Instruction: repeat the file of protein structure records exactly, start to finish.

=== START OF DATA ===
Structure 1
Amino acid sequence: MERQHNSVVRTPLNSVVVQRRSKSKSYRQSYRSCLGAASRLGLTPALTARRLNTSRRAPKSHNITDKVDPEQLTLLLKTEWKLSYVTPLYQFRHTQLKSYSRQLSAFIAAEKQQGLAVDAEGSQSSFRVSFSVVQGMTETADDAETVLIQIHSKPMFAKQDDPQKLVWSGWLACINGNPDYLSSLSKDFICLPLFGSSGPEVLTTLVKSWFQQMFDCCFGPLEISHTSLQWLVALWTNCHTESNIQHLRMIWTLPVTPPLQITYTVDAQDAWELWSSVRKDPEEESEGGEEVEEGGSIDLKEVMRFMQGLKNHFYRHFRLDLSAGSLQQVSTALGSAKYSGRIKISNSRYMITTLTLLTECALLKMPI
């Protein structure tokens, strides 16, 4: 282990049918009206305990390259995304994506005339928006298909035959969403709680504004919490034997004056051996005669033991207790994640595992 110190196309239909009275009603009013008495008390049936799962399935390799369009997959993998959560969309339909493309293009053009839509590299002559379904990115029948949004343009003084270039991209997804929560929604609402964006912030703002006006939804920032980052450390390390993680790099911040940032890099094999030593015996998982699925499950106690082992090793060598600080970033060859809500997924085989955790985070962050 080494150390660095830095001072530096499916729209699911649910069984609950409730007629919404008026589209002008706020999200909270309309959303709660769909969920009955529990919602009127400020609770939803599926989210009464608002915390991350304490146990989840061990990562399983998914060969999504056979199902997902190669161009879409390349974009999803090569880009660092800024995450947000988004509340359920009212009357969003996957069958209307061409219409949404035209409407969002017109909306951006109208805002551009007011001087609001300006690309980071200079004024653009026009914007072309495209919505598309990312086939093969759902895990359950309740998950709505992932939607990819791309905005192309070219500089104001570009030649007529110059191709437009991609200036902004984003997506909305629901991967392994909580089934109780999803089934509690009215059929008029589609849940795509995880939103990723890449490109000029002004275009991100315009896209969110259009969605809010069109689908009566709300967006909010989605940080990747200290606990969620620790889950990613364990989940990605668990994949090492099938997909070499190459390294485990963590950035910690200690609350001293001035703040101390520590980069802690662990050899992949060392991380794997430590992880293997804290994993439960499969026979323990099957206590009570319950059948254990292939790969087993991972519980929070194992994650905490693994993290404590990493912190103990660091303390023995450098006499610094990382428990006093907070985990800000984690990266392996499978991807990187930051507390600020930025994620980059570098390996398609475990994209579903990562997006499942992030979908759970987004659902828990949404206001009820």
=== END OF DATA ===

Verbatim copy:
Structure 1
Amino acid sequence: MERQHNSVVRTPLNSVVVQRRSKSKSYRQSYRSCLGAASRLGLTPALTARRLNTSRRAPKSHNITDKVDPEQLTLLLKTEWKLSYVTPLYQFRHTQLKSYSRQLSAFIAAEKQQGLAVDAEGSQSSFRVSFSVVQGMTETADDAETVLIQIHSKPMFAKQDDPQKLVWSGWLACINGNPDYLSSLSKDFICLPLFGSSGPEVLTTLVKSWFQQMFDCCFGPLEISHTSLQWLVALWTNCHTESNIQHLRMIWTLPVTPPLQITYTVDAQDAWELWSSVRKDPEEESEGGEEVEEGGSIDLKEVMRFMQGLKNHFYRHFRLDLSAGSLQQVSTALGSAKYSGRIKISNSRYMITTLTLLTECALLKMPI
């Protein structure tokens, strides 16, 4: 282990049918009206305990390259995304994506005339928006298909035959969403709680504004919490034997004056051996005669033991207790994640595992 110190196309239909009275009603009013008495008390049936799962399935390799369009997959993998959560969309339909493309293009053009839509590299002559379904990115029948949004343009003084270039991209997804929560929604609402964006912030703002006006939804920032980052450390390390993680790099911040940032890099094999030593015996998982699925499950106690082992090793060598600080970033060859809500997924085989955790985070962050 080494150390660095830095001072530096499916729209699911649910069984609950409730007629919404008026589209002008706020999200909270309309959303709660769909969920009955529990919602009127400020609770939803599926989210009464608002915390991350304490146990989840061990990562399983998914060969999504056979199902997902190669161009879409390349974009999803090569880009660092800024995450947000988004509340359920009212009357969003996957069958209307061409219409949404035209409407969002017109909306951006109208805002551009007011001087609001300006690309980071200079004024653009026009914007072309495209919505598309990312086939093969759902895990359950309740998950709505992932939607990819791309905005192309070219500089104001570009030649007529110059191709437009991609200036902004984003997506909305629901991967392994909580089934109780999803089934509690009215059929008029589609849940795509995880939103990723890449490109000029002004275009991100315009896209969110259009969605809010069109689908009566709300967006909010989605940080990747200290606990969620620790889950990613364990989940990605668990994949090492099938997909070499190459390294485990963590950035910690200690609350001293001035703040101390520590980069802690662990050899992949060392991380794997430590992880293997804290994993439960499969026979323990099957206590009570319950059948254990292939790969087993991972519980929070194992994650905490693994993290404590990493912190103990660091303390023995450098006499610094990382428990006093907070985990800000984690990266392996499978991807990187930051507390600020930025994620980059570098390996398609475990994209579903990562997006499942992030979908759970987004659902828990949404206001009820």